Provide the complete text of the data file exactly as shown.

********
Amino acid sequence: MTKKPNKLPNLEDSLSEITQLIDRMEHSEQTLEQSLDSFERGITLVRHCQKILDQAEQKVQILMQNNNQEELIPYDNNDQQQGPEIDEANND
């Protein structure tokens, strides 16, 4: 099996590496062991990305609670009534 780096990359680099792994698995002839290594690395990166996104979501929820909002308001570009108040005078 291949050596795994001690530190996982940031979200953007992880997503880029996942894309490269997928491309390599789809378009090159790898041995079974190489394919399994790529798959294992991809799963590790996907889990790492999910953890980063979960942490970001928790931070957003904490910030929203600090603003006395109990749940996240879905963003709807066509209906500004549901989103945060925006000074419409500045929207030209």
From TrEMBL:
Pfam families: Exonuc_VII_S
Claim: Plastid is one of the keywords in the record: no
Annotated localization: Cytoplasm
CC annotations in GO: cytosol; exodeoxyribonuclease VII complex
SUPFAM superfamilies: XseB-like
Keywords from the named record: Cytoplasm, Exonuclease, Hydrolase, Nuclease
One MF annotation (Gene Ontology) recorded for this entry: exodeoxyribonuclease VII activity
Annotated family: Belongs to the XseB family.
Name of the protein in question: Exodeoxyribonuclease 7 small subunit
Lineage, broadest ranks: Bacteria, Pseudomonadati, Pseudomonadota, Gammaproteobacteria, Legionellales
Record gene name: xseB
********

Amino acid sequence: MTKKPNKLPNLEDSLSEITQLIDRMEHSEQTLEQSLDSFERGITLVRHCQKILDQAEQKVQILMQNNNQEELIPYDNNDQQQGPEIDEANND
């Protein structure tokens, strides 16, 4: 099996590496062991990305609670009534 780096990359680099792994698995002839290594690395990166996104979501929820909002308001570009108040005078 291949050596795994001690530190996982940031979200953007992880997503880029996942894309490269997928491309390599789809378009090159790898041995079974190489394919399994790529798959294992991809799963590790996907889990790492999910953890980063979960942490970001928790931070957003904490910030929203600090603003006395109990749940996240879905963003709807066509209906500004549901989103945060925006000074419409500045929207030209």
From TrEMBL:
Pfam families: Exonuc_VII_S
Claim: Plastid is one of the keywords in the record: no
Annotated localization: Cytoplasm
CC annotations in GO: cytosol; exodeoxyribonuclease VII complex
SUPFAM superfamilies: XseB-like
Keywords from the named record: Cytoplasm, Exonuclease, Hydrolase, Nuclease
One MF annotation (Gene Ontology) recorded for this entry: exodeoxyribonuclease VII activity
Annotated family: Belongs to the XseB family.
Name of the protein in question: Exodeoxyribonuclease 7 small subunit
Lineage, broadest ranks: Bacteria, Pseudomonadati, Pseudomonadota, Gammaproteobacteria, Legionellales
Record gene name: xseB